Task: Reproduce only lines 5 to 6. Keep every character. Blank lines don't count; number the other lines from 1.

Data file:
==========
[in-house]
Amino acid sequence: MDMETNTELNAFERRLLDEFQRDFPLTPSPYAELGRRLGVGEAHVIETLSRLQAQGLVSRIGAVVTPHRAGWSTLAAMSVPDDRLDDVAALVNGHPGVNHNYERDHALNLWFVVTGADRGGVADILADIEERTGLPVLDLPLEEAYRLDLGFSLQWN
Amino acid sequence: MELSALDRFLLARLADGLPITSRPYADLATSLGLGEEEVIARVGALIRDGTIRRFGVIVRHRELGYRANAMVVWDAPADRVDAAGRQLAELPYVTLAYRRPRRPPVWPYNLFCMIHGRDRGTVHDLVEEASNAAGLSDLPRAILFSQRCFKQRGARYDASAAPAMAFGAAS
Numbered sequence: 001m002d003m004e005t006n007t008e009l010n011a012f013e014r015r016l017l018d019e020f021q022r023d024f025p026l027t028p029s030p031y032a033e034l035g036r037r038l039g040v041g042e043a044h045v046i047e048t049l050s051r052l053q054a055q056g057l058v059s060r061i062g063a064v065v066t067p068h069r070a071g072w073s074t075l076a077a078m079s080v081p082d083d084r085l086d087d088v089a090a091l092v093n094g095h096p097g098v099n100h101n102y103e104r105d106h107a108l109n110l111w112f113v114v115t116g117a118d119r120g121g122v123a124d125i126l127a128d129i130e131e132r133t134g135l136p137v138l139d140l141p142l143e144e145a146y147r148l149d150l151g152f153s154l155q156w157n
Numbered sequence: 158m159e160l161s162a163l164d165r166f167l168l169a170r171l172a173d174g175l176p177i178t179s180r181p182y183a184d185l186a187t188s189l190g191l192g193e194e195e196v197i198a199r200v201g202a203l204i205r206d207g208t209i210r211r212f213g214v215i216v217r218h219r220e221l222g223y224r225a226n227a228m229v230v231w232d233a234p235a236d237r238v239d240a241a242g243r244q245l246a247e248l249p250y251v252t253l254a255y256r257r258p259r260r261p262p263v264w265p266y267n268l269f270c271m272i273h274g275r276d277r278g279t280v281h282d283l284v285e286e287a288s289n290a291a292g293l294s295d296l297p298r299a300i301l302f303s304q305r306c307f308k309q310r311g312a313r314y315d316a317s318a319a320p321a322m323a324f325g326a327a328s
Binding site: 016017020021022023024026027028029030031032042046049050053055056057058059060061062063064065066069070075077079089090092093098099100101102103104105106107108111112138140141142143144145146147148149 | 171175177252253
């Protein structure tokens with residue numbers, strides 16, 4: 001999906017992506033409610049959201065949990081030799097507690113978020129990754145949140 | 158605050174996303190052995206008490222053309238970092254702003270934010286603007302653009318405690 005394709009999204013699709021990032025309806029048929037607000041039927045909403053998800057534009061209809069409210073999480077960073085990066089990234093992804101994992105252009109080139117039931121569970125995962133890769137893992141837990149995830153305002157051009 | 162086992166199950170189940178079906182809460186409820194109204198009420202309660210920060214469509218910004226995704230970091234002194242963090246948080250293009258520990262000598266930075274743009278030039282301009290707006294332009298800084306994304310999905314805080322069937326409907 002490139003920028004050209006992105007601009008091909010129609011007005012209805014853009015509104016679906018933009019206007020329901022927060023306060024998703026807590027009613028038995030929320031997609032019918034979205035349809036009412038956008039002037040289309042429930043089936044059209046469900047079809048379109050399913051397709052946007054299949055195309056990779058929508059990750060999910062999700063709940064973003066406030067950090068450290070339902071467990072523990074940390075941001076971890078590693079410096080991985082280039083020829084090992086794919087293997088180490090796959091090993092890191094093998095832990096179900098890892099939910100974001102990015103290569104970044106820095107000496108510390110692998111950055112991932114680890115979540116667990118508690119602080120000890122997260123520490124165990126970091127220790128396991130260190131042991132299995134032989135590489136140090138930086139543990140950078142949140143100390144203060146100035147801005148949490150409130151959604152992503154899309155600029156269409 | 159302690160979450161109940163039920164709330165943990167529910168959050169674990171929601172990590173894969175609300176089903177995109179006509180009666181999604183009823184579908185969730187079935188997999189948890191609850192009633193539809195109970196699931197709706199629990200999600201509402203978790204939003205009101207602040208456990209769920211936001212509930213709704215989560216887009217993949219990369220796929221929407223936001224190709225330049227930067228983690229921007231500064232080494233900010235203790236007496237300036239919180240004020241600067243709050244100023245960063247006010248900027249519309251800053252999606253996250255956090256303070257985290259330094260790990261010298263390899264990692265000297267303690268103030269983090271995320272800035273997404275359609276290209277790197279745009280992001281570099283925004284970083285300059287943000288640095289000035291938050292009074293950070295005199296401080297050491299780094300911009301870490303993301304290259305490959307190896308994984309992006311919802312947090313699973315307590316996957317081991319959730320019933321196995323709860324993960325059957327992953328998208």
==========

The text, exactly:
Numbered sequence: 158m159e160l161s162a163l164d165r166f167l168l169a170r171l172a173d174g175l176p177i178t179s180r181p182y183a184d185l186a187t188s189l190g191l192g193e194e195e196v197i198a199r200v201g202a203l204i205r206d207g208t209i210r211r212f213g214v215i216v217r218h219r220e221l222g223y224r225a226n227a228m229v230v231w232d233a234p235a236d237r238v239d240a241a242g243r244q245l246a247e248l249p250y251v252t253l254a255y256r257r258p259r260r261p262p263v264w265p266y267n268l269f270c271m272i273h274g275r276d277r278g279t280v281h282d283l284v285e286e287a288s289n290a291a292g293l294s295d296l297p298r299a300i301l302f303s304q305r306c307f308k309q310r311g312a313r314y315d316a317s318a319a320p321a322m323a324f325g326a327a328s
Binding site: 016017020021022023024026027028029030031032042046049050053055056057058059060061062063064065066069070075077079089090092093098099100101102103104105106107108111112138140141142143144145146147148149 | 171175177252253